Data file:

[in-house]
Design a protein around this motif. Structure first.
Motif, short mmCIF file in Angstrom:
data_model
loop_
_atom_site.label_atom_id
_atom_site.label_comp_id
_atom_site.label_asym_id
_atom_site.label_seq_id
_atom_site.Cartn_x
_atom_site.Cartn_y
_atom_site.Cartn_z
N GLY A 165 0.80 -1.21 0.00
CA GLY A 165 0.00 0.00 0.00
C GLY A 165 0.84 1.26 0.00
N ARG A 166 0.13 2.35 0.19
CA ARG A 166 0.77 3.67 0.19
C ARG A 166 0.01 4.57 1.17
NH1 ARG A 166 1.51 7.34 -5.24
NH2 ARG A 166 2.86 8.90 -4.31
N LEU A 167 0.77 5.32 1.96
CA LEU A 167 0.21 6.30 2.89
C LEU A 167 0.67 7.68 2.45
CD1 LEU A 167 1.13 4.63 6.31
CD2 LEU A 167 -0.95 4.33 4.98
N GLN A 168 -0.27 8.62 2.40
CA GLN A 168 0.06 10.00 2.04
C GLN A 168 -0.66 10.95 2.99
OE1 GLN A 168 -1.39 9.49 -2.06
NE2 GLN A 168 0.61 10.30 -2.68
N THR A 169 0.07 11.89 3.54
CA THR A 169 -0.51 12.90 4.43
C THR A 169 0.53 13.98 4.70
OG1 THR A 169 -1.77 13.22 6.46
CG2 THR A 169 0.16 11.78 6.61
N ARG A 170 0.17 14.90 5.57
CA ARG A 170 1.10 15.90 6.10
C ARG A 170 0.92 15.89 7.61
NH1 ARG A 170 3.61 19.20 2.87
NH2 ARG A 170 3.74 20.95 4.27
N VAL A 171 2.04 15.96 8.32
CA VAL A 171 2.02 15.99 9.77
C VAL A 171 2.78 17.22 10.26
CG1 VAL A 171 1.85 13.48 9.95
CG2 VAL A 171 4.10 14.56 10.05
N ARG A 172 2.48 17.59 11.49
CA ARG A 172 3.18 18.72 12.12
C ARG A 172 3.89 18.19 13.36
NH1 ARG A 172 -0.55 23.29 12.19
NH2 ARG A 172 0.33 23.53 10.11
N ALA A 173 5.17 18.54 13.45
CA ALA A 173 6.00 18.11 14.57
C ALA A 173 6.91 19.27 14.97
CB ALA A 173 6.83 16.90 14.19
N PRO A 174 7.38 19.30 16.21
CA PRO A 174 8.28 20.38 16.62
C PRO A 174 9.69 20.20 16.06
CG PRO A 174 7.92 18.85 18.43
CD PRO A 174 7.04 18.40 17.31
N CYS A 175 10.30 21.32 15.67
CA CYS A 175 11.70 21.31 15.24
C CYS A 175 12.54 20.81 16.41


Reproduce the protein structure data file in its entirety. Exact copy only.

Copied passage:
[in-house]
Design a protein around this motif. Structure first.
Motif, short mmCIF file in Angstrom:
data_model
loop_
_atom_site.label_atom_id
_atom_site.label_comp_id
_atom_site.label_asym_id
_atom_site.label_seq_id
_atom_site.Cartn_x
_atom_site.Cartn_y
_atom_site.Cartn_z
N GLY A 165 0.80 -1.21 0.00
CA GLY A 165 0.00 0.00 0.00
C GLY A 165 0.84 1.26 0.00
N ARG A 166 0.13 2.35 0.19
CA ARG A 166 0.77 3.67 0.19
C ARG A 166 0.01 4.57 1.17
NH1 ARG A 166 1.51 7.34 -5.24
NH2 ARG A 166 2.86 8.90 -4.31
N LEU A 167 0.77 5.32 1.96
CA LEU A 167 0.21 6.30 2.89
C LEU A 167 0.67 7.68 2.45
CD1 LEU A 167 1.13 4.63 6.31
CD2 LEU A 167 -0.95 4.33 4.98
N GLN A 168 -0.27 8.62 2.40
CA GLN A 168 0.06 10.00 2.04
C GLN A 168 -0.66 10.95 2.99
OE1 GLN A 168 -1.39 9.49 -2.06
NE2 GLN A 168 0.61 10.30 -2.68
N THR A 169 0.07 11.89 3.54
CA THR A 169 -0.51 12.90 4.43
C THR A 169 0.53 13.98 4.70
OG1 THR A 169 -1.77 13.22 6.46
CG2 THR A 169 0.16 11.78 6.61
N ARG A 170 0.17 14.90 5.57
CA ARG A 170 1.10 15.90 6.10
C ARG A 170 0.92 15.89 7.61
NH1 ARG A 170 3.61 19.20 2.87
NH2 ARG A 170 3.74 20.95 4.27
N VAL A 171 2.04 15.96 8.32
CA VAL A 171 2.02 15.99 9.77
C VAL A 171 2.78 17.22 10.26
CG1 VAL A 171 1.85 13.48 9.95
CG2 VAL A 171 4.10 14.56 10.05
N ARG A 172 2.48 17.59 11.49
CA ARG A 172 3.18 18.72 12.12
C ARG A 172 3.89 18.19 13.36
NH1 ARG A 172 -0.55 23.29 12.19
NH2 ARG A 172 0.33 23.53 10.11
N ALA A 173 5.17 18.54 13.45
CA ALA A 173 6.00 18.11 14.57
C ALA A 173 6.91 19.27 14.97
CB ALA A 173 6.83 16.90 14.19
N PRO A 174 7.38 19.30 16.21
CA PRO A 174 8.28 20.38 16.62
C PRO A 174 9.69 20.20 16.06
CG PRO A 174 7.92 18.85 18.43
CD PRO A 174 7.04 18.40 17.31
N CYS A 175 10.30 21.32 15.67
CA CYS A 175 11.70 21.31 15.24
C CYS A 175 12.54 20.81 16.41